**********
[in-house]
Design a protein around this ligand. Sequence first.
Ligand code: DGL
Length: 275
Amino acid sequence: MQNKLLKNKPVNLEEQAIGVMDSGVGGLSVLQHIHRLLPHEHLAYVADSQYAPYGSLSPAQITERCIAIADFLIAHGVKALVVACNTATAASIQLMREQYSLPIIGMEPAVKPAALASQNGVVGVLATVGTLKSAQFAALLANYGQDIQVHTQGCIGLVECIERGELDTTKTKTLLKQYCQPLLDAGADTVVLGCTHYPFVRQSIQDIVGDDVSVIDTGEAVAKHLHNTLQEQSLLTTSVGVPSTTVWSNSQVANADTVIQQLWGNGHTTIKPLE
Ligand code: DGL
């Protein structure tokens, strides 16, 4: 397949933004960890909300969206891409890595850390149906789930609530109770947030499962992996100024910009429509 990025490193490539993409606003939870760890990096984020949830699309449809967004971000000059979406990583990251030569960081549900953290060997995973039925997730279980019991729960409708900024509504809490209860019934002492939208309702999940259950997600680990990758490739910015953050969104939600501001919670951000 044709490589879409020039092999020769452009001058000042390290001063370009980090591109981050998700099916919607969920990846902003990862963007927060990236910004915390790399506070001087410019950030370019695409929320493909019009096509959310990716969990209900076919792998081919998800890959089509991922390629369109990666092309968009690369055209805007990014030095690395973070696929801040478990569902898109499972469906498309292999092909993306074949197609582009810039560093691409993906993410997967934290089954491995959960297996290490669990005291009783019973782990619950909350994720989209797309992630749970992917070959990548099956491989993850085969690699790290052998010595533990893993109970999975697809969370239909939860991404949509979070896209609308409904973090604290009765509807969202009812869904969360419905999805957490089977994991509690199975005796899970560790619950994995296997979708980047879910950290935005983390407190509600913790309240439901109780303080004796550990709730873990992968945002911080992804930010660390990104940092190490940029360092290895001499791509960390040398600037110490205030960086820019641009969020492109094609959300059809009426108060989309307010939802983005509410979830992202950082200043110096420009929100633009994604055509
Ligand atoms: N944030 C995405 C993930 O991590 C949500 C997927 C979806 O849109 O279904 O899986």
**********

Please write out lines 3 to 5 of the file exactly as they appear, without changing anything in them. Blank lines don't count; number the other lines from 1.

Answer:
Ligand code: DGL
Length: 275
Amino acid sequence: MQNKLLKNKPVNLEEQAIGVMDSGVGGLSVLQHIHRLLPHEHLAYVADSQYAPYGSLSPAQITERCIAIADFLIAHGVKALVVACNTATAASIQLMREQYSLPIIGMEPAVKPAALASQNGVVGVLATVGTLKSAQFAALLANYGQDIQVHTQGCIGLVECIERGELDTTKTKTLLKQYCQPLLDAGADTVVLGCTHYPFVRQSIQDIVGDDVSVIDTGEAVAKHLHNTLQEQSLLTTSVGVPSTTVWSNSQVANADTVIQQLWGNGHTTIKPLE